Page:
In her debut exhibition at Lisson Gallery, Susan Hiller will present a number of recently discovered early pieces as well as celebrated classics and new works made this year. This is the artist’s first solo exhibition in London since her Tate retrospective of 2011.
A widely influential artist, Hiller has spent the past six decades questioning belief systems and the production of meaning. Her strategies and methodologies involve the examination of real and imagined phenomena, probing the unseen and the unheard in order to create art that evokes absences, memories and ghosts. Hiller has described her work as “a kind of archaeological investigation, uncovering something to make a different kind of sense of it” and “concentrating on what is unspoken, unacknowledged, unexplained and overlooked.” Her art has repeatedly been ground-breaking in its diversity of materials and forms, combining an astonishing range of media in works that join sight with sound, primitive desires with sophisticated technology and art with popular culture.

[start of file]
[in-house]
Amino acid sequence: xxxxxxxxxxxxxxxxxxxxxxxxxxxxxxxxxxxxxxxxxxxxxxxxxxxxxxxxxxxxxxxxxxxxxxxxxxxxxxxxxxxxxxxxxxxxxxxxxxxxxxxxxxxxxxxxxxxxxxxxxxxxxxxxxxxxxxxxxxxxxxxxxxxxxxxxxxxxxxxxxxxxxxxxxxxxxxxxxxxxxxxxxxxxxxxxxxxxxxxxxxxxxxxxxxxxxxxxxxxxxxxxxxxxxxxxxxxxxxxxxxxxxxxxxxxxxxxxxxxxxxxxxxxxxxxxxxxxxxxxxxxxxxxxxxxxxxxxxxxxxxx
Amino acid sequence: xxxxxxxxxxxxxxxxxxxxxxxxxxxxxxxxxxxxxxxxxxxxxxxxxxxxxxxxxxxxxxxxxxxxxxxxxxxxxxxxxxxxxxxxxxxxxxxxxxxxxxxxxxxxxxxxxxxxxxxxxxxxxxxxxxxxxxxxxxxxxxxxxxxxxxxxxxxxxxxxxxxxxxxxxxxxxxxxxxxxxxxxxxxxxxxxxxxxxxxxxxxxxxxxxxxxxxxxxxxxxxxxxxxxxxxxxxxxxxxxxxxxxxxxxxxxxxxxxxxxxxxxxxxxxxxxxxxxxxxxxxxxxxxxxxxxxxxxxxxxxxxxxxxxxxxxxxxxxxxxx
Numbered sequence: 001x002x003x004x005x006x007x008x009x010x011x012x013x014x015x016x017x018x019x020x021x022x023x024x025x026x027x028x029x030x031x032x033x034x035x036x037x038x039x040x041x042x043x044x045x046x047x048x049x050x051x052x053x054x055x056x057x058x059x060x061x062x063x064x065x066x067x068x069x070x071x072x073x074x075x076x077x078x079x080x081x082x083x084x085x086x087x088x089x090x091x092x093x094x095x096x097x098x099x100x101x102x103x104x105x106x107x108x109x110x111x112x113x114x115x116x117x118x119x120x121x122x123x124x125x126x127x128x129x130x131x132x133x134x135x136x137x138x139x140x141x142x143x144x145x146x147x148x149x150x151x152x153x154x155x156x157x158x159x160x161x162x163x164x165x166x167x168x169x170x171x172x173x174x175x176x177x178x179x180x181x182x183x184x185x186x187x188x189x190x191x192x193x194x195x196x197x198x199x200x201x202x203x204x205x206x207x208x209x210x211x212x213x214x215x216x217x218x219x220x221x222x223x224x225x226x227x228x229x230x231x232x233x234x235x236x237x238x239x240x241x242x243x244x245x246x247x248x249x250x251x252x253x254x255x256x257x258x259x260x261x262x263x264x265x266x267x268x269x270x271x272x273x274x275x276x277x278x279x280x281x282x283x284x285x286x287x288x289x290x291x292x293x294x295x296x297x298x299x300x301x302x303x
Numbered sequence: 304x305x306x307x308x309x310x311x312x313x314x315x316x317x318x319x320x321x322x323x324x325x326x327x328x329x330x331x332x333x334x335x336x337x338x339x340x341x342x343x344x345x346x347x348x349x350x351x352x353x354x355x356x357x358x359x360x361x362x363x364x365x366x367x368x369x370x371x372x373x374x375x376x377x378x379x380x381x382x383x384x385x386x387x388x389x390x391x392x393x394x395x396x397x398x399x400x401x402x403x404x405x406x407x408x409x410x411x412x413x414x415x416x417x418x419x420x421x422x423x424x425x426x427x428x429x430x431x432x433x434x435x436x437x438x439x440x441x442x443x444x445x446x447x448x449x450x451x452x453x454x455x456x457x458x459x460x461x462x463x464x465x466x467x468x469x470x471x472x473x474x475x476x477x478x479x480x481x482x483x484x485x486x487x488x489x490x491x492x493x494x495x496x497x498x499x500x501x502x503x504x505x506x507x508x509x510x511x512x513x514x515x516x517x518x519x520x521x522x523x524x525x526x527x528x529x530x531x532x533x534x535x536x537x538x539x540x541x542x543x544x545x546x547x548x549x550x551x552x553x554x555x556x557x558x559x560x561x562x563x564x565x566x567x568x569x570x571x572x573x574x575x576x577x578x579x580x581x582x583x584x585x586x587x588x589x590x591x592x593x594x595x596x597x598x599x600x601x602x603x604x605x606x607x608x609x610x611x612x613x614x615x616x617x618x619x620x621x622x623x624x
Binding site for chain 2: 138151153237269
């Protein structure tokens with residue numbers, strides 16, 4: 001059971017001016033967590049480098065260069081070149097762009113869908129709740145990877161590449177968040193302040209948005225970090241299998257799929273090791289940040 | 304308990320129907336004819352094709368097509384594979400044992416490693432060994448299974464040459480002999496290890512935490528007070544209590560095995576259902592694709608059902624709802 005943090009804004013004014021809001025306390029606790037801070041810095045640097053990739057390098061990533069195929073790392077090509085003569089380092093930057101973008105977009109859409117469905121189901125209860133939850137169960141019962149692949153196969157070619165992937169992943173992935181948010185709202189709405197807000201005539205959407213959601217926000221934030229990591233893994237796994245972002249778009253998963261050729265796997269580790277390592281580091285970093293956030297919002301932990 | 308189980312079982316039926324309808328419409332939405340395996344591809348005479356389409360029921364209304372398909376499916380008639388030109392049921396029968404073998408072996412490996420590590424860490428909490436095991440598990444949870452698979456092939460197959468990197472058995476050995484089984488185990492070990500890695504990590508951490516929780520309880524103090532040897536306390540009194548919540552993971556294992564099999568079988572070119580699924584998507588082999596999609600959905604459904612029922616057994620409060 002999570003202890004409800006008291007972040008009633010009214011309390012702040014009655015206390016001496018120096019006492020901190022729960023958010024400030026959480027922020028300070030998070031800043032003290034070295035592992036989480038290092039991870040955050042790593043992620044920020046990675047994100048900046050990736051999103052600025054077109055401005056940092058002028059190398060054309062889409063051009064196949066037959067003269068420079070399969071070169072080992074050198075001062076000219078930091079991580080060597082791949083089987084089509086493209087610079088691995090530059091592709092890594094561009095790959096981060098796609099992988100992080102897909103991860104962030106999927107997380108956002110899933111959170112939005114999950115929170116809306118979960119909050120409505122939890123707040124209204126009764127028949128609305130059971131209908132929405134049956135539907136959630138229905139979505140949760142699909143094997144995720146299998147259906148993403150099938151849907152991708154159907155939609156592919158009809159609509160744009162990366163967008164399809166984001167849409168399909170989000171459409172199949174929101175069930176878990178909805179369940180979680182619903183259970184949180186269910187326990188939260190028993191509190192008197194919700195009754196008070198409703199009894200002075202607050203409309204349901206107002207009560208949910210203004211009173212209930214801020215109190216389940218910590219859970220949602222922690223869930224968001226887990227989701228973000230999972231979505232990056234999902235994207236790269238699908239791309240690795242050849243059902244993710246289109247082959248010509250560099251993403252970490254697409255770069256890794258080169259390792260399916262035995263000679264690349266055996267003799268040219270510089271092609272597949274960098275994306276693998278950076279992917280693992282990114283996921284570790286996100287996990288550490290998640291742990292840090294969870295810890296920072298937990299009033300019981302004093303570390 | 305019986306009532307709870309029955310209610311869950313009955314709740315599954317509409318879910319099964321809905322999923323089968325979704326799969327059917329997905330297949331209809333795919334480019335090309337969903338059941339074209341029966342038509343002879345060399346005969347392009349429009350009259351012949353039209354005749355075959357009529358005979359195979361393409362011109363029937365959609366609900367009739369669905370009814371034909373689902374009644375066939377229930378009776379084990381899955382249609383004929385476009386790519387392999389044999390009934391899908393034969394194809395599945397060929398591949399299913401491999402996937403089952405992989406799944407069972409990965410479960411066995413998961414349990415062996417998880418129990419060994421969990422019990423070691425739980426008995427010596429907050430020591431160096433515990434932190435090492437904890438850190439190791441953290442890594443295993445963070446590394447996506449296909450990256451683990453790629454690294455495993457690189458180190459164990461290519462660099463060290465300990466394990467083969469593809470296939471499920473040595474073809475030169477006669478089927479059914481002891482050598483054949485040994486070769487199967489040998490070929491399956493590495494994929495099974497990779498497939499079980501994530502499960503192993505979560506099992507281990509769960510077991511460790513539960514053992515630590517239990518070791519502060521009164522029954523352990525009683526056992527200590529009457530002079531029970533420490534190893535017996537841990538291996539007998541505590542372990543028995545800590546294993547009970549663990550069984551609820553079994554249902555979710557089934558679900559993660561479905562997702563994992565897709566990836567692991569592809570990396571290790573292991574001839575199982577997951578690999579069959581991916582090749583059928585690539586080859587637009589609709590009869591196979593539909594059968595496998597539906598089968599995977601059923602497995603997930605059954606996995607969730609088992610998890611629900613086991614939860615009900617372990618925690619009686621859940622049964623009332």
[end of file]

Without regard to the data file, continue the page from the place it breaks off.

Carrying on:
Occupying both gallery locations on Bell Street, the exhibition loosely groups Hiller’s practice into four interwoven and on-going themes: transformation, the unconscious, belief systems and the role of the artist as collector and curator.